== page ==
Monday was exceedingly fine, and during the day visitors arrived from all quarters, so that the township presented an unusually gay and animated appearance. At 3 p.m. the members of the local Tent, followed by members of other Tents, the Rosebud Juvenile Tent, and the Band of Hope children, formed a procession, headed by the Napier Rifle Volunteer band, and marched through the township. There were about 200 in the procession, which included representatives from every Tent in the Province. Some very handsome banners, the gifts of various friends were displayed in the procession. On one of these an emblematic figure “Rose of Sharon,” appeared in full blown magnificence; a smaller banner borne by the juveniles displayed the “Rosebud;” and a very handsome banner, carried by the Band of Hope, showed on one side the name of the society, and on the other the motto “Come and join us.”
Tea was provided in the new Methodist chapel, and over three hundred sat dowd [down]. At a later period of the evening, the number present must have been about 400. The building, which is not yet finished, had been furnished with a temporary floor and roof, and was decorated with great taste. A prominent object was a beautiful chandelier, with colored candles, presented by one of the friends of the Order. The walls were gracefully adorned with ferns, &c.; members certificates were hung at intervals along the walls, and the initials “ I.O.R.” occupied a prominent position.
The tables having been removed, the chair was taken by Brother R HARDING, P.C.R. of the Rose of Sharon Tent, who opened the proceedings with a few remarks. He made allusion to the progress of the Tent, since the time of the opening festival last year; and described the objects at the Order – a benefit society, founded on the principle of total abstinence from intoxicating liquors, which had been found one of the most successful means yet adopted to stay the course of intemperance.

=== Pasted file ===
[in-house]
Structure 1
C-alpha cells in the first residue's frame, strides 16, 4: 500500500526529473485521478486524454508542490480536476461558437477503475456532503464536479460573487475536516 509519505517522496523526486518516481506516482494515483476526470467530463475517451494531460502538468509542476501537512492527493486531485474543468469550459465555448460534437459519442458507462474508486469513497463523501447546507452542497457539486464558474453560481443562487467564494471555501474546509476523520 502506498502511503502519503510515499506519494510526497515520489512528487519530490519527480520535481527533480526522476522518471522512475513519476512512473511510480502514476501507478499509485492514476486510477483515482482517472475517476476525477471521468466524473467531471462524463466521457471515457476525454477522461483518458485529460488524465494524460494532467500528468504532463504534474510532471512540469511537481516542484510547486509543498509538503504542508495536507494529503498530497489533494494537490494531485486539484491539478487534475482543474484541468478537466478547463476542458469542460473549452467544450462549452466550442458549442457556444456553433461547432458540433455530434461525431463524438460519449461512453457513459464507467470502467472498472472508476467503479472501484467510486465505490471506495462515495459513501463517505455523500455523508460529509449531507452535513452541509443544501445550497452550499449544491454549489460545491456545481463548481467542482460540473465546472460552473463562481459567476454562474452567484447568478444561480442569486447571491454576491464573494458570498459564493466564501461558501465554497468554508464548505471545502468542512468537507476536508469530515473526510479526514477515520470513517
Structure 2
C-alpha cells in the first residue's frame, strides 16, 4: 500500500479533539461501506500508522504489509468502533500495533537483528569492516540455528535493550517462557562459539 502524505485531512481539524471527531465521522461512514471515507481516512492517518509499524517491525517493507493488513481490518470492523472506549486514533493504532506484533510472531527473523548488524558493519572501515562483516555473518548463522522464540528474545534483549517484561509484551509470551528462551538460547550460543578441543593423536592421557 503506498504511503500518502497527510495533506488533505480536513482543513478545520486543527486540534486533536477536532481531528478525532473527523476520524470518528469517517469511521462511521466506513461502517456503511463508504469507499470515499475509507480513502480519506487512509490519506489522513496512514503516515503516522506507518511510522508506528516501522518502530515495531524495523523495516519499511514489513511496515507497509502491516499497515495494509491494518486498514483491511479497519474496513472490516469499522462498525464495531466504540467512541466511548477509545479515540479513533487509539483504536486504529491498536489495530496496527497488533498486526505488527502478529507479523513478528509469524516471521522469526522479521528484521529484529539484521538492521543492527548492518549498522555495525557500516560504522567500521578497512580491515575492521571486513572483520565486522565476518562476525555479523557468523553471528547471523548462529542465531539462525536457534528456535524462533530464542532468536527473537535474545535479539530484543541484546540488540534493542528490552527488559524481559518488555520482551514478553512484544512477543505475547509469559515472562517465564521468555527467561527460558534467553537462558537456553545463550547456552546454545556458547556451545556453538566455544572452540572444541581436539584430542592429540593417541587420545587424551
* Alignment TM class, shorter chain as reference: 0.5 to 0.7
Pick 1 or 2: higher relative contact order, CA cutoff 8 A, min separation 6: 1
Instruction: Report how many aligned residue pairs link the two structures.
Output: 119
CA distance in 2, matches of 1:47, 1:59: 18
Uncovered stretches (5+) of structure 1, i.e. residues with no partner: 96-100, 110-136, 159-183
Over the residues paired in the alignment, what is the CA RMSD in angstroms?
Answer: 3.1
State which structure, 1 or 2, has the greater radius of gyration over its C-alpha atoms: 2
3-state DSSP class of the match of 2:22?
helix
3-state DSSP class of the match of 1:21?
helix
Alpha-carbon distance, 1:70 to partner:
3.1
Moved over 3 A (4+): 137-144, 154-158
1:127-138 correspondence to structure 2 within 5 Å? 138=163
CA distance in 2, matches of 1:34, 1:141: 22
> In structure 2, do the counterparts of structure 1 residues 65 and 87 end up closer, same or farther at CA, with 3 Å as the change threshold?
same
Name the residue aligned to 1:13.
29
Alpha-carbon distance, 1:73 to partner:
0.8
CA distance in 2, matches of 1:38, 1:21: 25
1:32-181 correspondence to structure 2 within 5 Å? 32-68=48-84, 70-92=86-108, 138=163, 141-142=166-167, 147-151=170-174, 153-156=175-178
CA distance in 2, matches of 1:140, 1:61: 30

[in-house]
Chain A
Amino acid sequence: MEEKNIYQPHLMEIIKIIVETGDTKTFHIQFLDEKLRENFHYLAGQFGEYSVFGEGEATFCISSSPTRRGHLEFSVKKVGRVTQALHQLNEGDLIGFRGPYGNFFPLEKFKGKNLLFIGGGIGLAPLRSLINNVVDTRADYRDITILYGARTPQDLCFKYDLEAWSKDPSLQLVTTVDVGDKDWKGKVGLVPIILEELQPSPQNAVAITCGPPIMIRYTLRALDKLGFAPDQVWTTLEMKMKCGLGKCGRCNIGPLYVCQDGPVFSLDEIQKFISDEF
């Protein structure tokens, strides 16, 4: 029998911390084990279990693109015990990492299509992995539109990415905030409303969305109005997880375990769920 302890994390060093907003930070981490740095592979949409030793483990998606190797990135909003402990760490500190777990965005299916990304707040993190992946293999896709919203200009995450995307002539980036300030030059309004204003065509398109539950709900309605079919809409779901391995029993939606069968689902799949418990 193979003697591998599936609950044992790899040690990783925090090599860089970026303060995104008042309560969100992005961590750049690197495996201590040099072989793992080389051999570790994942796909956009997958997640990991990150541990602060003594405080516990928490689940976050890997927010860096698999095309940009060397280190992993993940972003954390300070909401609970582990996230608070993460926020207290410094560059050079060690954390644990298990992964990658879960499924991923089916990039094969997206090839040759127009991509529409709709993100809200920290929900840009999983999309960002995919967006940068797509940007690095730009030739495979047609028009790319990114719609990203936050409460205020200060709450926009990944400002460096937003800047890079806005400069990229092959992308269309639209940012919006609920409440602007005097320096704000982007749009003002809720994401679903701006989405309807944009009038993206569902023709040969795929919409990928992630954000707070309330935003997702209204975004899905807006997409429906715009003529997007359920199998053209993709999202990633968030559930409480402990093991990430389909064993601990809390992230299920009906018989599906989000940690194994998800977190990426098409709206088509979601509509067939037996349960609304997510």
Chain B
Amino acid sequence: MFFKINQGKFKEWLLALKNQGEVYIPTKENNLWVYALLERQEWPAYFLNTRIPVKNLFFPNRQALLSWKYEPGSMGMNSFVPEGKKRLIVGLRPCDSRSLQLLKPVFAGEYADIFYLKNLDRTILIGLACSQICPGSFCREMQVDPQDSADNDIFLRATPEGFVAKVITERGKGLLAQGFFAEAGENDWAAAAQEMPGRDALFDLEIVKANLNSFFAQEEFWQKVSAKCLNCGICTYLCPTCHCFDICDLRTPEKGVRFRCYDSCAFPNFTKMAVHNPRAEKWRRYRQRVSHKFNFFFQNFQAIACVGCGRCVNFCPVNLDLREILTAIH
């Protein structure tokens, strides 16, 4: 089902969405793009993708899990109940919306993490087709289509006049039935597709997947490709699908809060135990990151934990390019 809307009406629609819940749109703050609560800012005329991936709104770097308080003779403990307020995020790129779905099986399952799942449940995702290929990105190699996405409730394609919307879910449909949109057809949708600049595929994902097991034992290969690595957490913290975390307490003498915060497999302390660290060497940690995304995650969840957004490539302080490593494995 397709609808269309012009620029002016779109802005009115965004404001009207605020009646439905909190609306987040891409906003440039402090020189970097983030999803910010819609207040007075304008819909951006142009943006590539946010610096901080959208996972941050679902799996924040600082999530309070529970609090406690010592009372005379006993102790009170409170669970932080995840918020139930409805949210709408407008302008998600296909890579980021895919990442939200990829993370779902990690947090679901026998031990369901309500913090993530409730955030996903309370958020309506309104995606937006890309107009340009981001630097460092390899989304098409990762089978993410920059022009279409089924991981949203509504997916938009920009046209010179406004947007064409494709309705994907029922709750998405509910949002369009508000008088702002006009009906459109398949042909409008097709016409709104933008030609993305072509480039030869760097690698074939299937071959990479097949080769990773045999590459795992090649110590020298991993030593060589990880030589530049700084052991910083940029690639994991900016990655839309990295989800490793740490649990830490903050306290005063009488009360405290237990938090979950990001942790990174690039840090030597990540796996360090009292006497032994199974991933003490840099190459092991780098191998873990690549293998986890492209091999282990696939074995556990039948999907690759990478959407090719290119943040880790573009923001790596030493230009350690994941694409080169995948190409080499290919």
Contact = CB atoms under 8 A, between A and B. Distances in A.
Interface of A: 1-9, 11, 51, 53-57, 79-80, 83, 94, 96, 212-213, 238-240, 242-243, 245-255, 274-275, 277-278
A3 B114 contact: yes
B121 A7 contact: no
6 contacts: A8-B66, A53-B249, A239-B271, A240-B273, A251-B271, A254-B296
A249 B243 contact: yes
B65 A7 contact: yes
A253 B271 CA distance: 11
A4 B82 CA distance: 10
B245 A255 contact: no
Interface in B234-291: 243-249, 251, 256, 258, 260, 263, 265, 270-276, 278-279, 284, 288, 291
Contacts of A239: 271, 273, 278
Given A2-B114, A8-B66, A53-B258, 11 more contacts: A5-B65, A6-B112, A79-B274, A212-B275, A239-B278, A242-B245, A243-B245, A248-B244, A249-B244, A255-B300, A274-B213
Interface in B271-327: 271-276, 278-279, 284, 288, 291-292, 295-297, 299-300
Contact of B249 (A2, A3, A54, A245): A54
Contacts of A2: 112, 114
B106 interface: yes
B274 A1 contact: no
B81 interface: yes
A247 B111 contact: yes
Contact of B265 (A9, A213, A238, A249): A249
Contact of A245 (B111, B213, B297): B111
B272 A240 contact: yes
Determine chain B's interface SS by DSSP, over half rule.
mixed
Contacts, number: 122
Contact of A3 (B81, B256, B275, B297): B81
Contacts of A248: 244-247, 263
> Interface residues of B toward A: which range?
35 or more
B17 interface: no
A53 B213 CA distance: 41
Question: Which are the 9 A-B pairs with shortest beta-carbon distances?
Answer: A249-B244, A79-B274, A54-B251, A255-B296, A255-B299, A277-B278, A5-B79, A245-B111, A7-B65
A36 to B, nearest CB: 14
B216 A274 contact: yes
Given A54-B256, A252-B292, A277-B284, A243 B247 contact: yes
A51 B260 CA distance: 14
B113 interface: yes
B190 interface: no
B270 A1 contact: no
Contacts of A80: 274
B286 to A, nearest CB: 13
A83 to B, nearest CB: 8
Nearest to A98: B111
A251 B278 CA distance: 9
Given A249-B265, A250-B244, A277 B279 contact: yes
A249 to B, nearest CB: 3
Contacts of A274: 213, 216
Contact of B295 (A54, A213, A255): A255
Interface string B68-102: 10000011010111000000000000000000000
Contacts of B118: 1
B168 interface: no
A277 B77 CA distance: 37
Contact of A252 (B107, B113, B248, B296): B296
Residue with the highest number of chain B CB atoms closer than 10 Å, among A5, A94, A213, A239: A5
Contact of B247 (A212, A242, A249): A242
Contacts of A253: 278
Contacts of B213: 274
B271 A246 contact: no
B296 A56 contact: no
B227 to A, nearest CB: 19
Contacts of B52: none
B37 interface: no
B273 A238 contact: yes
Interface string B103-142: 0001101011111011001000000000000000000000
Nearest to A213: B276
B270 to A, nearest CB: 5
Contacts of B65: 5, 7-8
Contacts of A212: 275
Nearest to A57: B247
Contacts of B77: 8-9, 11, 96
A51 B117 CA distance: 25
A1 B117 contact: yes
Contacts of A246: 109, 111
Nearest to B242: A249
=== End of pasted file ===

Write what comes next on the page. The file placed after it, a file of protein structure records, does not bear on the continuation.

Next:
Band : “All’s Well.”
Brother HOBSON, Tent Secretary, read the first annual report, as follows :-
We, the members of the Rose of Sharon Tent, No. 7, New Zealand District, I.O.R., have great pleasure in presenting to you our first annual report. We are happy to say that the tent has succeeded beyond the most sanguine expectations of its most sanguine friends. The Rose of Sharon Tent was opened on March 30, 1871, by Past District Chief Ruler Brother Troy, with 10 members. Since the tent was opened, 95 persons have been proposed as candidates for membership, 22 of whom are not yet initiated. Four have received their clearance from other tents, making a total of 77 members, three of whom have removed, and seven, out of compliance from various causes, have withdrawn, leaving now 67 members on the books. The amount of money received is £160 13s 2d, out of which the sum of £30 0s 6d has been sent to the district, to be placed to the credit of the Funeral Fund. The sum of £76 is now invested to the Sick and Contingent Fund, leaving the sum of £46 12s 8d as the amount paid for the stock, working expenses, &c.
A Juvenile Tent has been opened in connection with the Adult Tent. This tent, which has received the name of Rosebud, was opened with 10 members on the 7th of November, 1871. There are 18 members now on the books.
During the year the members of the Tent have held two public meetings, for the purpose of advocating the principles of the order, both of which we are happy to say were successful. We trust the success of the past year will arouse us to greater exertions in the future, and that our next report will be as cheering as the one we have the honor [honour] of presenting to you on this occasion.
Ballad : “Just before the battle.” – Mr J. Newman.